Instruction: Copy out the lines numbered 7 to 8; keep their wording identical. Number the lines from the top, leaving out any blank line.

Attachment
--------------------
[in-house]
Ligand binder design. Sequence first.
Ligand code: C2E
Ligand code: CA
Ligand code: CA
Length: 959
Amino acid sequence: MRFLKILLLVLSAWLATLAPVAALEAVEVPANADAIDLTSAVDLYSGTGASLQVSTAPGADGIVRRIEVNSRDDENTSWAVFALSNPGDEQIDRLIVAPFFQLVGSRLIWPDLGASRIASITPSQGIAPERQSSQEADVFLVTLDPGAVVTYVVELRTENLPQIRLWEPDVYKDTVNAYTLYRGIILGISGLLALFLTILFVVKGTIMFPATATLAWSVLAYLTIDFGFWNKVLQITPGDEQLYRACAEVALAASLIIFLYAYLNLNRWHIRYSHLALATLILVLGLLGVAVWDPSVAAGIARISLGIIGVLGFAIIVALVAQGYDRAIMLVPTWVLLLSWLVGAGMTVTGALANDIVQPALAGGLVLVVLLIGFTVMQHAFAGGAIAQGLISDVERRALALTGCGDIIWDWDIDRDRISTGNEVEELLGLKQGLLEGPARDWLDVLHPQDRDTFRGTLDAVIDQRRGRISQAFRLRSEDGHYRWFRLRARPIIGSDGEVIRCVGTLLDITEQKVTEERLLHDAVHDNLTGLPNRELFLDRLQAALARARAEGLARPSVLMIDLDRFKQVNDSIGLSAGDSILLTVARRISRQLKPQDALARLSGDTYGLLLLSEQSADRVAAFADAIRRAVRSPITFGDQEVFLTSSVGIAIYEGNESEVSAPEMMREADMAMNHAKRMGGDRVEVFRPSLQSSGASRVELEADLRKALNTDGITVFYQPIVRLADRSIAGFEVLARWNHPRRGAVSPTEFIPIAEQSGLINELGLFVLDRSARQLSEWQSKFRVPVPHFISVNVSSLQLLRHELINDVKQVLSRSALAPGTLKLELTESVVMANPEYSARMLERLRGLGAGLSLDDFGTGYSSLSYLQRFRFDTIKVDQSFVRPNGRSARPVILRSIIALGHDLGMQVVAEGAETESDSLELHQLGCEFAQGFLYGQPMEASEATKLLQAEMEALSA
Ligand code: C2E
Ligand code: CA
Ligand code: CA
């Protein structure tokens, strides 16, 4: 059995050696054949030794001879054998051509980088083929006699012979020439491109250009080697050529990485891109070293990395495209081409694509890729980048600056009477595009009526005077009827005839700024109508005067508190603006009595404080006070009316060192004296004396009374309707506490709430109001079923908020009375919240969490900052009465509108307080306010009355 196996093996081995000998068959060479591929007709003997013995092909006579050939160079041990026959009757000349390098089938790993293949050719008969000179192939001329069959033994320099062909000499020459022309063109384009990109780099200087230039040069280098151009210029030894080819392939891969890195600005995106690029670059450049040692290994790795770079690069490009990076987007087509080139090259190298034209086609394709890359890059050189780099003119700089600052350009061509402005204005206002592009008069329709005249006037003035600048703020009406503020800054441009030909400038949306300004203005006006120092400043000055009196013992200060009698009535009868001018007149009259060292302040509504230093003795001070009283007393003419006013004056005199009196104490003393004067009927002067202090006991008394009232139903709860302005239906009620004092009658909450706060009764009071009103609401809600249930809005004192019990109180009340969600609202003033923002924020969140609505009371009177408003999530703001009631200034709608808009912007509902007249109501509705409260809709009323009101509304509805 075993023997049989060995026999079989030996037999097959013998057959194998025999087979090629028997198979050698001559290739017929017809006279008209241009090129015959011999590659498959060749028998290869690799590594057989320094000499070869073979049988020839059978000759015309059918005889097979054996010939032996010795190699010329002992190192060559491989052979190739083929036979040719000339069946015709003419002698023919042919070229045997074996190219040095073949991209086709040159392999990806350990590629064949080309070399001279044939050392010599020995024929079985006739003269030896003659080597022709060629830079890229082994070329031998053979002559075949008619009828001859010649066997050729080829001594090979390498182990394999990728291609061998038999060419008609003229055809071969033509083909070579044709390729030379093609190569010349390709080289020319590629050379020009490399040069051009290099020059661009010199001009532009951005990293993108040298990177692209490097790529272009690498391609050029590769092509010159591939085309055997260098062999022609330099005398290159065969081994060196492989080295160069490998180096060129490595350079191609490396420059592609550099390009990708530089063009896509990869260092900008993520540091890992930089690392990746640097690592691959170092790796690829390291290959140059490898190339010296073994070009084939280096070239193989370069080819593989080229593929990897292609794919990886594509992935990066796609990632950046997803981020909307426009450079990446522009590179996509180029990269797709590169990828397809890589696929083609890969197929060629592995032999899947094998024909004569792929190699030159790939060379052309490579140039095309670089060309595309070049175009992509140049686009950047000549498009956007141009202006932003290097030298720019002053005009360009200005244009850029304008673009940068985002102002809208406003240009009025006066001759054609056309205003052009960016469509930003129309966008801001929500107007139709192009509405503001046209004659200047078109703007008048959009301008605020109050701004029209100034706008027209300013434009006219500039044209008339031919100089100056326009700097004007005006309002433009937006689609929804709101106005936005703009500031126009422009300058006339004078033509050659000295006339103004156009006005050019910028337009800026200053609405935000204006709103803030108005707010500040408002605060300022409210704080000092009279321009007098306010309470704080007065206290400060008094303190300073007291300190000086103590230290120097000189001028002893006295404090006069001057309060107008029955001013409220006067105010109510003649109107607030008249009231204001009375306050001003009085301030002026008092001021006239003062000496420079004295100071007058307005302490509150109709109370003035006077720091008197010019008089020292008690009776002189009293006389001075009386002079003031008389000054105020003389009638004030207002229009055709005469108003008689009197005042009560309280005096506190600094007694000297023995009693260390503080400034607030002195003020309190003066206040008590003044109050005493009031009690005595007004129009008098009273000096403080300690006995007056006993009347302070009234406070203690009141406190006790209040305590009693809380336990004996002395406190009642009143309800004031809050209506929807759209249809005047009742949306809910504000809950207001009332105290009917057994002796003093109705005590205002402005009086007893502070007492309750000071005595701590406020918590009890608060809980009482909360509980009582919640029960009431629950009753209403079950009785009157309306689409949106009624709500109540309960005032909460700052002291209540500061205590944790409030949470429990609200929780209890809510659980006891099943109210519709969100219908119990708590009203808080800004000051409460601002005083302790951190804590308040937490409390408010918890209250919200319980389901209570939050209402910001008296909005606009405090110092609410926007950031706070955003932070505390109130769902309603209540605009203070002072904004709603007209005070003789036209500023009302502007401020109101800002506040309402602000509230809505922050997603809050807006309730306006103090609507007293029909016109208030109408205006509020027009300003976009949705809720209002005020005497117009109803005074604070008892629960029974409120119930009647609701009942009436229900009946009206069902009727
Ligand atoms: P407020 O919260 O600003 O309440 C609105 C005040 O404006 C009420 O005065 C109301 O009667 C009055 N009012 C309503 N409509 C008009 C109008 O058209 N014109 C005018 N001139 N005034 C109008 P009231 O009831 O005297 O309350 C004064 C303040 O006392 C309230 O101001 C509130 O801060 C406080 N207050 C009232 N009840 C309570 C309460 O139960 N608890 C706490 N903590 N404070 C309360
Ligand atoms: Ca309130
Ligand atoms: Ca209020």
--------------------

Amino acid sequence: MRFLKILLLVLSAWLATLAPVAALEAVEVPANADAIDLTSAVDLYSGTGASLQVSTAPGADGIVRRIEVNSRDDENTSWAVFALSNPGDEQIDRLIVAPFFQLVGSRLIWPDLGASRIASITPSQGIAPERQSSQEADVFLVTLDPGAVVTYVVELRTENLPQIRLWEPDVYKDTVNAYTLYRGIILGISGLLALFLTILFVVKGTIMFPATATLAWSVLAYLTIDFGFWNKVLQITPGDEQLYRACAEVALAASLIIFLYAYLNLNRWHIRYSHLALATLILVLGLLGVAVWDPSVAAGIARISLGIIGVLGFAIIVALVAQGYDRAIMLVPTWVLLLSWLVGAGMTVTGALANDIVQPALAGGLVLVVLLIGFTVMQHAFAGGAIAQGLISDVERRALALTGCGDIIWDWDIDRDRISTGNEVEELLGLKQGLLEGPARDWLDVLHPQDRDTFRGTLDAVIDQRRGRISQAFRLRSEDGHYRWFRLRARPIIGSDGEVIRCVGTLLDITEQKVTEERLLHDAVHDNLTGLPNRELFLDRLQAALARARAEGLARPSVLMIDLDRFKQVNDSIGLSAGDSILLTVARRISRQLKPQDALARLSGDTYGLLLLSEQSADRVAAFADAIRRAVRSPITFGDQEVFLTSSVGIAIYEGNESEVSAPEMMREADMAMNHAKRMGGDRVEVFRPSLQSSGASRVELEADLRKALNTDGITVFYQPIVRLADRSIAGFEVLARWNHPRRGAVSPTEFIPIAEQSGLINELGLFVLDRSARQLSEWQSKFRVPVPHFISVNVSSLQLLRHELINDVKQVLSRSALAPGTLKLELTESVVMANPEYSARMLERLRGLGAGLSLDDFGTGYSSLSYLQRFRFDTIKVDQSFVRPNGRSARPVILRSIIALGHDLGMQVVAEGAETESDSLELHQLGCEFAQGFLYGQPMEASEATKLLQAEMEALSA
Ligand code: C2E